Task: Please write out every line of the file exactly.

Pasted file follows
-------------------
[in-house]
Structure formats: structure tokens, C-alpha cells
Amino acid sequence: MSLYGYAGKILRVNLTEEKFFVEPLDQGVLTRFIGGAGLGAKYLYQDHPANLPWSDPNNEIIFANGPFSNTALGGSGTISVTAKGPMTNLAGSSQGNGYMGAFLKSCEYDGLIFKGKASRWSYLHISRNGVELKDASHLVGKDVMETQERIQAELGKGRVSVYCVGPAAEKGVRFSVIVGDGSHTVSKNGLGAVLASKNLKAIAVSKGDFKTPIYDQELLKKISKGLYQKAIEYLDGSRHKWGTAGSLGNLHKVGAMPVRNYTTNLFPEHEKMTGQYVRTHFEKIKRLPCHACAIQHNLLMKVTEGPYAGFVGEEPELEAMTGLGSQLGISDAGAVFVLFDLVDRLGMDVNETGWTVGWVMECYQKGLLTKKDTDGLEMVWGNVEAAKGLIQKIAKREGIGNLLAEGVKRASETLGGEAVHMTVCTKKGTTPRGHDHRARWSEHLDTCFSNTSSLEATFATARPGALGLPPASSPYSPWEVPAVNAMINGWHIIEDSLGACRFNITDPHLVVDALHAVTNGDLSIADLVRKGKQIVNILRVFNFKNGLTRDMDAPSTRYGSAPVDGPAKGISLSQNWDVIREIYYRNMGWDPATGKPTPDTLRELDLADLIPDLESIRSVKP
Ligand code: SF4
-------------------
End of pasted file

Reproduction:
[in-house]
Structure formats: structure tokens, C-alpha cells
Amino acid sequence: MSLYGYAGKILRVNLTEEKFFVEPLDQGVLTRFIGGAGLGAKYLYQDHPANLPWSDPNNEIIFANGPFSNTALGGSGTISVTAKGPMTNLAGSSQGNGYMGAFLKSCEYDGLIFKGKASRWSYLHISRNGVELKDASHLVGKDVMETQERIQAELGKGRVSVYCVGPAAEKGVRFSVIVGDGSHTVSKNGLGAVLASKNLKAIAVSKGDFKTPIYDQELLKKISKGLYQKAIEYLDGSRHKWGTAGSLGNLHKVGAMPVRNYTTNLFPEHEKMTGQYVRTHFEKIKRLPCHACAIQHNLLMKVTEGPYAGFVGEEPELEAMTGLGSQLGISDAGAVFVLFDLVDRLGMDVNETGWTVGWVMECYQKGLLTKKDTDGLEMVWGNVEAAKGLIQKIAKREGIGNLLAEGVKRASETLGGEAVHMTVCTKKGTTPRGHDHRARWSEHLDTCFSNTSSLEATFATARPGALGLPPASSPYSPWEVPAVNAMINGWHIIEDSLGACRFNITDPHLVVDALHAVTNGDLSIADLVRKGKQIVNILRVFNFKNGLTRDMDAPSTRYGSAPVDGPAKGISLSQNWDVIREIYYRNMGWDPATGKPTPDTLRELDLADLIPDLESIRSVKP
Ligand code: SF4